Marsden’s research profile was extraordinary, with 1,368 publications. He coauthored >800 original papers, 200 book chapters and books, (Fig. 2), and over 60 invited reviews. He was one of the most frequently cited clinical neuroscientists, as well as biomedical scientists, in the world [1-9]. In 2011, Sorensen and Weedon [11] evaluated the productivity and impact of the top cited Parkinson’s investigators over the 25-year period from 1985 to 2010. In this evaluation, Marsden appeared in second place (22,395 citations), with Andrew Lees in first place (23,095 citations). However, Marsden had died only half way through the evaluation period!

Fig. 2.

Reproduced from Donaldson, I. et al: Marsden’s Book of Movement, 2012 with permission from Oxford University Press (OUP).

Fig. 2.

Reproduced from Donaldson, I. et al: Marsden’s Book of Movement, 2012 with permission from Oxford University Press (OUP).

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Marsden’s most important collaboration was with Stanley Fahn, Houston Merritt Professor of Neurology at the Neurological Institute in Columbia Presbyterian Hospital in New York. They founded the Movement Disorder Society in 1985 and the Movement Disorders Journal in 1986, which they coedited until 1996. Before his time as co-editor of Movement Disorders, he had gained experience in editing journals, for example, the Journal of Neurology, Neurosurgery and Psychiatry, which he edited for a decade, and serving on the editorial boards other 21 other journals [1-8]. Marsden published outstanding papers on Parkinson’s disease, including the discovery, with Schapira et al. [12], of the mitochondrial defect in substantia nigra that is specific to PD and not present in other forms of Parkinsonism. Marsden was one of the first to elegantly describe the complications of levodopa treatment, such as motor fluctuations, “on – off” phenomenon, freezing episodes, and dyskinesias, in 1976 [13]. With Hallett et al. [14], he developed the now widely accepted classification of myoclonus into cortical, subcortical, and spinal types. Until David Marsden came along, blepharospasm and spasmodic torticollis were frequently considered psychogenic disorders [15, 16]. He established these conditions as organic and classified dystonia into several types such as adult-onset focal dystonias and young-onset progressive generalized primary dystonia, the latter frequently having a positive family history [15, 16]. He also defined primary writing tremor, writer’s cramp, painful legs, and moving toes and gait ignition failure [17-20]. In his Wartenberg Lecture published in 1982, entitled “The mysterious motor function of the basal ganglia,” he set out his research and views on the motor physiology of the basal ganglia [21].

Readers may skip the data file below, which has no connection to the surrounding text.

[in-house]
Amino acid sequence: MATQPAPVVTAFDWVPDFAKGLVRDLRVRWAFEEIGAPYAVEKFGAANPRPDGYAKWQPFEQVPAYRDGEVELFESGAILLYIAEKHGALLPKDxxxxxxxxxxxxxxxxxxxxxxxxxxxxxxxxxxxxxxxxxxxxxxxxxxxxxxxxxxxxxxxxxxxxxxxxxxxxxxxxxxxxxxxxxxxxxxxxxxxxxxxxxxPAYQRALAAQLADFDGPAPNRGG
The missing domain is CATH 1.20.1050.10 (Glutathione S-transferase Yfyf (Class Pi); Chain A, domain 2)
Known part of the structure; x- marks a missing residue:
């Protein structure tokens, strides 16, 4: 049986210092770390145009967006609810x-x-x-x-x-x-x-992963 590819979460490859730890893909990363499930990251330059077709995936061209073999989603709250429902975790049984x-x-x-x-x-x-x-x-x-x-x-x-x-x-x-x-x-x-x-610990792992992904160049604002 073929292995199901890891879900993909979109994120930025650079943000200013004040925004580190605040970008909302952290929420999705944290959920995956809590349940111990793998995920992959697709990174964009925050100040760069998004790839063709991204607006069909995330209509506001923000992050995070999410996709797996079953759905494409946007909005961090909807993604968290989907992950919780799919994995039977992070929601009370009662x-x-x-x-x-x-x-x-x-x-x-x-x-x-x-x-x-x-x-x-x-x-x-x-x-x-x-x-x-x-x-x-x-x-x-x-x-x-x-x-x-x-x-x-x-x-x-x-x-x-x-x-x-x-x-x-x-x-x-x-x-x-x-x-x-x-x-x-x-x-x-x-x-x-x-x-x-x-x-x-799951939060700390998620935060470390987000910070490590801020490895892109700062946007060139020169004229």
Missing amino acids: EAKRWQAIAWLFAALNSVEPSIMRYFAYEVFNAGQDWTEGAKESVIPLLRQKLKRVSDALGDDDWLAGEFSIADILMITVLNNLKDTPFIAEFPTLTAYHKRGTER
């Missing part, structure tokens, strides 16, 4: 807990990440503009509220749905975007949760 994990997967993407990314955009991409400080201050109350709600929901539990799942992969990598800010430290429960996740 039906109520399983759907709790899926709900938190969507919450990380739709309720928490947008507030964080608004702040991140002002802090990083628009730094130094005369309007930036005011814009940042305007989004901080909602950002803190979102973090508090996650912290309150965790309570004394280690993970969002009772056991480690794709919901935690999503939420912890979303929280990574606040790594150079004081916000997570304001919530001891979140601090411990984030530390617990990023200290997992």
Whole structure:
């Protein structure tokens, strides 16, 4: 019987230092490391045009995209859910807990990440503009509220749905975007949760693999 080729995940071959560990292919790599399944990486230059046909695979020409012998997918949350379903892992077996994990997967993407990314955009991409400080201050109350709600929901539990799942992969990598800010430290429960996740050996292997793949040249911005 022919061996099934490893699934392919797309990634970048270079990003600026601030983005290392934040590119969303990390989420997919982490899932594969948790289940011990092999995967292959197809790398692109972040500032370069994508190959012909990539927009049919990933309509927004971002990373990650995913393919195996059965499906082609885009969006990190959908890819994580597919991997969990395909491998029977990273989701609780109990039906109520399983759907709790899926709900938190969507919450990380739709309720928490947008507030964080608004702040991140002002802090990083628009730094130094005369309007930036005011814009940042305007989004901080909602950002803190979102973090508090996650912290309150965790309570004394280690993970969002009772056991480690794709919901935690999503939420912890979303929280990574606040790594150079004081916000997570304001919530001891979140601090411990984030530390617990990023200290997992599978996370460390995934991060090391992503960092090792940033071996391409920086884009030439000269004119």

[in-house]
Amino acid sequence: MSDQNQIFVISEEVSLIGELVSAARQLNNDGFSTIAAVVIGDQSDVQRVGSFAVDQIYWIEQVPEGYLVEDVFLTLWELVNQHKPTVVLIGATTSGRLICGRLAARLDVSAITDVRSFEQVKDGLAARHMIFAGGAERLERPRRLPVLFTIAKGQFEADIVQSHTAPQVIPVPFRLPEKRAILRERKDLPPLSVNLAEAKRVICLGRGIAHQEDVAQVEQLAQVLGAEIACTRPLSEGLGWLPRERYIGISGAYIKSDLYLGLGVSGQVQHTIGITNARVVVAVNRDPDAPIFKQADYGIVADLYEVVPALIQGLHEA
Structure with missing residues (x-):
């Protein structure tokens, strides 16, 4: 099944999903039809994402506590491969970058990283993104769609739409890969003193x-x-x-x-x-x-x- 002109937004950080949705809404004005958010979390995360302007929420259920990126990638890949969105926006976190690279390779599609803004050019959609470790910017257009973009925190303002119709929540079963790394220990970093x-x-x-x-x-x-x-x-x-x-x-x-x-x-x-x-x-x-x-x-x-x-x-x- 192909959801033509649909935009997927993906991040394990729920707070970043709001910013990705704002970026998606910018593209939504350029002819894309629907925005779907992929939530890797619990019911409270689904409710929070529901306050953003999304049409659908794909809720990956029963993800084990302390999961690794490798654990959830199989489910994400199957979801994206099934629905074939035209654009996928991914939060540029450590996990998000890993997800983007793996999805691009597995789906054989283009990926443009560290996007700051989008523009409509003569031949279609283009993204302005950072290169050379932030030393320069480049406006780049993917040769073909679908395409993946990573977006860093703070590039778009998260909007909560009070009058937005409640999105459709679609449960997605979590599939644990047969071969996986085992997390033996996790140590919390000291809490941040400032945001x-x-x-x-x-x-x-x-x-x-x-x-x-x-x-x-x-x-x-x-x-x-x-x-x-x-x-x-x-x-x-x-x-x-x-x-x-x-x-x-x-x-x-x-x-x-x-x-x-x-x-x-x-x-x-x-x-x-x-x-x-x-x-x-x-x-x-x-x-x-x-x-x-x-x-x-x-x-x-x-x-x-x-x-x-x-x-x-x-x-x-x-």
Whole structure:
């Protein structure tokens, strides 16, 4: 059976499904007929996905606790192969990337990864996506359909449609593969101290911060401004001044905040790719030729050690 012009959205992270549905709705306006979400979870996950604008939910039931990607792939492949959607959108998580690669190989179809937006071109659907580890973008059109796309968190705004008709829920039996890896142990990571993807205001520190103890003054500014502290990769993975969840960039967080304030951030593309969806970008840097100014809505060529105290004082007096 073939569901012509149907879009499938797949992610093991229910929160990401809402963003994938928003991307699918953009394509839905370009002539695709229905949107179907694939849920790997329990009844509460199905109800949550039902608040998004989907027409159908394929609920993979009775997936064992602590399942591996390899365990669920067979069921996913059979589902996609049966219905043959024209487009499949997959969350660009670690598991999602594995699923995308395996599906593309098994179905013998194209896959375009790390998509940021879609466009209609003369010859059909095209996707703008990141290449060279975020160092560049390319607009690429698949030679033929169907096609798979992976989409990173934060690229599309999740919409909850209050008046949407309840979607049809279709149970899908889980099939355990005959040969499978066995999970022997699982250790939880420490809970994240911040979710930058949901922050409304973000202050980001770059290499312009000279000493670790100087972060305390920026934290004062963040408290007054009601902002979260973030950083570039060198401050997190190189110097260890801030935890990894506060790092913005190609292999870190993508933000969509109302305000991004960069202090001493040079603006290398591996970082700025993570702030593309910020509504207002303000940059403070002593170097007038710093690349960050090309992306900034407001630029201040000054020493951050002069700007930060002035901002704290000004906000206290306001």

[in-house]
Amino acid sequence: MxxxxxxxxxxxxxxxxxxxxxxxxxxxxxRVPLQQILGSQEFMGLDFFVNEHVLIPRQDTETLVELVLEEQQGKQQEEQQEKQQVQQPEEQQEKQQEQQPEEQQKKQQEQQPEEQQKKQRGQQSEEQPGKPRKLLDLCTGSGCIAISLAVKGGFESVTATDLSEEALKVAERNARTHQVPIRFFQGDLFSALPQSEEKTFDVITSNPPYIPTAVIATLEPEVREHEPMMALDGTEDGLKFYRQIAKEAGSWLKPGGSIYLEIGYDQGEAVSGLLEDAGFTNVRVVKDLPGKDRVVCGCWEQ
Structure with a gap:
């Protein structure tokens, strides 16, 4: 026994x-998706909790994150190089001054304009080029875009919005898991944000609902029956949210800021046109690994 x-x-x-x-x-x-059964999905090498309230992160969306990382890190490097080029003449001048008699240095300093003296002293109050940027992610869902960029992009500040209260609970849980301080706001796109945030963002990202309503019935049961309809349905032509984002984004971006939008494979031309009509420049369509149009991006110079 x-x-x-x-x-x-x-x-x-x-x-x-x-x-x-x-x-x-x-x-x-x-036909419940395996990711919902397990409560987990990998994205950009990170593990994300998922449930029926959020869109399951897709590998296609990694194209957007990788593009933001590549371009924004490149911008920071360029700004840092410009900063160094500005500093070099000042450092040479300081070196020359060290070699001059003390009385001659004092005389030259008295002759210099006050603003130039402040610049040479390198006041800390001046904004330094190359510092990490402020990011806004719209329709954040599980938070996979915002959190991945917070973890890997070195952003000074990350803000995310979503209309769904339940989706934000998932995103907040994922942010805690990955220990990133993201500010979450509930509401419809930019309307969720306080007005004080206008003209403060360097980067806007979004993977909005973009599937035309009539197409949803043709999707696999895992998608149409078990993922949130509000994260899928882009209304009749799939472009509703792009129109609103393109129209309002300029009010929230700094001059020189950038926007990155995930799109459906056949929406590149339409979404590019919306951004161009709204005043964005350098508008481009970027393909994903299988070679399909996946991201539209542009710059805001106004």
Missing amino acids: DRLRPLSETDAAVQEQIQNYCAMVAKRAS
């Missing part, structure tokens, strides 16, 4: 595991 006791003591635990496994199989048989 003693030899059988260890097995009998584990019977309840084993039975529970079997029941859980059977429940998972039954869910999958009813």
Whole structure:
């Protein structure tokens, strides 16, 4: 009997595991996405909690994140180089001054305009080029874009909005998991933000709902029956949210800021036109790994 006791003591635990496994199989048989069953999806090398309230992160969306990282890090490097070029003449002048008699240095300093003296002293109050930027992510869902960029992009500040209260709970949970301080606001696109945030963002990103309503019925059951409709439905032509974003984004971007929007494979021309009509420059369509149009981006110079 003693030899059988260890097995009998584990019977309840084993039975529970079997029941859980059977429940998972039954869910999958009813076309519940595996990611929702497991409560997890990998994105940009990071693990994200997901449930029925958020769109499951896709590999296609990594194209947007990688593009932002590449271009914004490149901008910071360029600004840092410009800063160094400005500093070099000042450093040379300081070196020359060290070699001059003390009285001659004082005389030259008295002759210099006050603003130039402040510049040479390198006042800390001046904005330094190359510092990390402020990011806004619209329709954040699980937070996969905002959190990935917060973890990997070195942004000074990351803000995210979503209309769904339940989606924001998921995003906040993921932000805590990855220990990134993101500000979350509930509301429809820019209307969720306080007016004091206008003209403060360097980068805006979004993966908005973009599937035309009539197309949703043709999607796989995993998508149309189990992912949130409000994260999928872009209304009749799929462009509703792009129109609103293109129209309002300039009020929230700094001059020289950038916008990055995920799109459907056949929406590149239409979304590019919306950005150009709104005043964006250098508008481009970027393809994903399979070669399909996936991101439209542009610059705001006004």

In 2012, with the assistance of Ivan Donaldson, Susanne Schneider, and Kailash Bhatia, “Marsden’s book of movement disorders,” the definitive authoritative textbook on the subject, which David Marsden had started to write in 1983, finally saw the light of day, after a gestation of 29 years!

David Marsden was a supreme clinical neurologist and neuroscientist of the 20th century, and left us a remarkable legacy of extraordinary papers and world-renowned followers in the field of movement disorders. Despite the passage of time, his contributions remain important for all who are involved in this field.

We have no conflict of interest to declare.

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Fletcher NA. The genetics of idiopathic torsion dystonia.
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Camargo CH, Teive HA. Evolution of the concept of dystonia.
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Rothwell JC, Traub MM, Marsden CD. Primary writing tremor.
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18.
Sheehy MP, Marsden CD. Writers’ cramp-a focal dystonia.
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19.
Dressler D, Thompson PD, Gledhill RF, Marsden CD. The syndrome of painful legs and moving toes.
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20.
Atchison PR, Thompson PD, Frackowiak RS, Marsden CD. The syndrome of gait ignition failure: a report of six cases.